The Editor to his Readers
A personal reflection on previous editors by the recently appointed Connexional Editor
Transcription of an article published in the Primitive Methodist Magazine (by James Dodd Jackson)
This is a world of partings, and the readers of “The Aldersgate” must, as this issue comes to hand, find in its appearance one more reminder of a fact which it is never easy to forget for many days together. I am sure that to very many the laying down by Mr. Ritson of the editorship of these pages will be felt as a personal loss. Happily we shall hear from him again. There is no “five years term” for writers who serve us well!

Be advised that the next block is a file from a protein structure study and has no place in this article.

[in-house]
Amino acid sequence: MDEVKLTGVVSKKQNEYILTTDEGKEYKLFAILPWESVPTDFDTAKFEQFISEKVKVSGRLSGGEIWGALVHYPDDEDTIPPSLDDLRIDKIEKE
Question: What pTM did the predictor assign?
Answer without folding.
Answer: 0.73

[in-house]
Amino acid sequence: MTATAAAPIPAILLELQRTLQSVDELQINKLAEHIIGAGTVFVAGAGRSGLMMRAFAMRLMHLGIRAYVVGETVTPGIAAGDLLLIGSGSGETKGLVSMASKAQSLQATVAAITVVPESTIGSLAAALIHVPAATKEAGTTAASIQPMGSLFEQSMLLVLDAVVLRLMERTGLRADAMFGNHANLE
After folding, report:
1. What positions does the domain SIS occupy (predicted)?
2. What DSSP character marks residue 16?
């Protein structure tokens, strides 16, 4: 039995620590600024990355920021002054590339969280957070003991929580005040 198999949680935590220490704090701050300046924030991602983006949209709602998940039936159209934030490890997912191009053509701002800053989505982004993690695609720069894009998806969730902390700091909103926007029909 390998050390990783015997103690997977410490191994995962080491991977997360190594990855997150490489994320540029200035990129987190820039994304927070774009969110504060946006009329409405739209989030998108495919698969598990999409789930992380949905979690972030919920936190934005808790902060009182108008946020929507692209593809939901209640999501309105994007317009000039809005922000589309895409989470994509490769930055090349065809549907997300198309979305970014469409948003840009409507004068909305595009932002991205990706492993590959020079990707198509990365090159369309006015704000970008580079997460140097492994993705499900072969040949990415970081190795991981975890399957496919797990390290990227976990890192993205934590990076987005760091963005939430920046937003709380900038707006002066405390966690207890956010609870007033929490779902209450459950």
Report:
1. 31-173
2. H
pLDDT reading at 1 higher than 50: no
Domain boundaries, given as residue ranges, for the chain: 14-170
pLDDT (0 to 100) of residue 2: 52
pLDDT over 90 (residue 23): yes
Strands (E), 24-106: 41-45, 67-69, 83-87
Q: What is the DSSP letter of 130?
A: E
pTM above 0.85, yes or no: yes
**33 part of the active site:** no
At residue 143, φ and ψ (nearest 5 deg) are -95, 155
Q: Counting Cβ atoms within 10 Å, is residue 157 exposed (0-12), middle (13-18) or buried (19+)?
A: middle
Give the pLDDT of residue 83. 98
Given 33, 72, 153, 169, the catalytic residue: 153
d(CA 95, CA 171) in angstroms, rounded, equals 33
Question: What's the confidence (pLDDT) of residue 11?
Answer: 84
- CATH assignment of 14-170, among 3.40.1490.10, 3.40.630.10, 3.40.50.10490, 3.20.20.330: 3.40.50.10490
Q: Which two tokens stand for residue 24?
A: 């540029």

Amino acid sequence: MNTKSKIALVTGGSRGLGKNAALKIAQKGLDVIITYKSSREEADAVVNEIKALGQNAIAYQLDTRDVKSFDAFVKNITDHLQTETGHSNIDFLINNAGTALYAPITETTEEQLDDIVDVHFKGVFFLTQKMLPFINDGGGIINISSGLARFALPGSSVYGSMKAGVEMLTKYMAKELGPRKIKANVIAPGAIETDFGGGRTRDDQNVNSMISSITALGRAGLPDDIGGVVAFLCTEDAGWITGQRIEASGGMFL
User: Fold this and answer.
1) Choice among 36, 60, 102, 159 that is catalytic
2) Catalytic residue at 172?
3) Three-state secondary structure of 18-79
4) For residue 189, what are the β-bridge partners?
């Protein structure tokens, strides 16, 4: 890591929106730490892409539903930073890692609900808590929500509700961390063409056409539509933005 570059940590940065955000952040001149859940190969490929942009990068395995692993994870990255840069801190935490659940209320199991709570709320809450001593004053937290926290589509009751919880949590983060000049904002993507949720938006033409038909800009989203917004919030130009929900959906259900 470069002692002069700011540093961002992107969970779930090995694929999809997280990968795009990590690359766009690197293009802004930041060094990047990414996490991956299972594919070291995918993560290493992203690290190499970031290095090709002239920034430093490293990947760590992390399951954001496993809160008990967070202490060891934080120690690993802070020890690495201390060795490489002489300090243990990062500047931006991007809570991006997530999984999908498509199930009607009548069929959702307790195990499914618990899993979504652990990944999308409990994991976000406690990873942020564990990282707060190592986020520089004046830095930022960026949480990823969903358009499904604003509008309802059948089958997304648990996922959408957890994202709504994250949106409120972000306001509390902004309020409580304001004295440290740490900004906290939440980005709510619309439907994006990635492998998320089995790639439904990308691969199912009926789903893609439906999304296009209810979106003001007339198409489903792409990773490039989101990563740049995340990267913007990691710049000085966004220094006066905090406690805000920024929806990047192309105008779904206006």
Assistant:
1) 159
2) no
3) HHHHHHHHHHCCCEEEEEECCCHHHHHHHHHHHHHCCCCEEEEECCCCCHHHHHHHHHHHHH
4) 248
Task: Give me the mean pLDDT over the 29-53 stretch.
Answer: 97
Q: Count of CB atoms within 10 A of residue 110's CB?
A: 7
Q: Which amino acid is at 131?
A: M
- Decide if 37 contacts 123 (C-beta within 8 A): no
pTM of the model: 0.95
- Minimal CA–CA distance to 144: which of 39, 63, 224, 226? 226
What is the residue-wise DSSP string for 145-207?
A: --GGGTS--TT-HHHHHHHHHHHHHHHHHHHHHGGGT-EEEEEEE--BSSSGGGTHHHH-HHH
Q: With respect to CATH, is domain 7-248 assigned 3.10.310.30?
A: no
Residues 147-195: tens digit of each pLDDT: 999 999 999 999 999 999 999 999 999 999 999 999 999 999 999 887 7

Now I suppose it is but natural that in entering upon what are, to us, new positions, we should think of those who have occupied them before us. Be this as it may, I have been thinking to-day a good deal about the Connexional Editors I have known, and it has made me feel quite ancient to realise that I have had personal acquaintance with no fewer than seven of the eleven good men and true who have served in this capacity the Church we love. Two of them had left the chair before I met them, though they were still hale and hearty and rendering herculean service in many ways. These were Dr. William Antliff and James Macpherson. The former I remember best as a preacher, and after forty years I can recall the memory of two of his most famous sermons heard before I entered my teens. The subject of one was the conies who build their houses in the rocks, of the other, the conqueror of Bozrah. I cannot remember anything of either discourse, but I can still feel the thrill. James Macpherson seemed to me, as a boy, to be a prodigy of learning and was much revered in the home of my childhood, for he had sent my dear father into the ministry. Great men they were, both of them in heaven these many years, but through a holy influence represented in the Church to this very hour.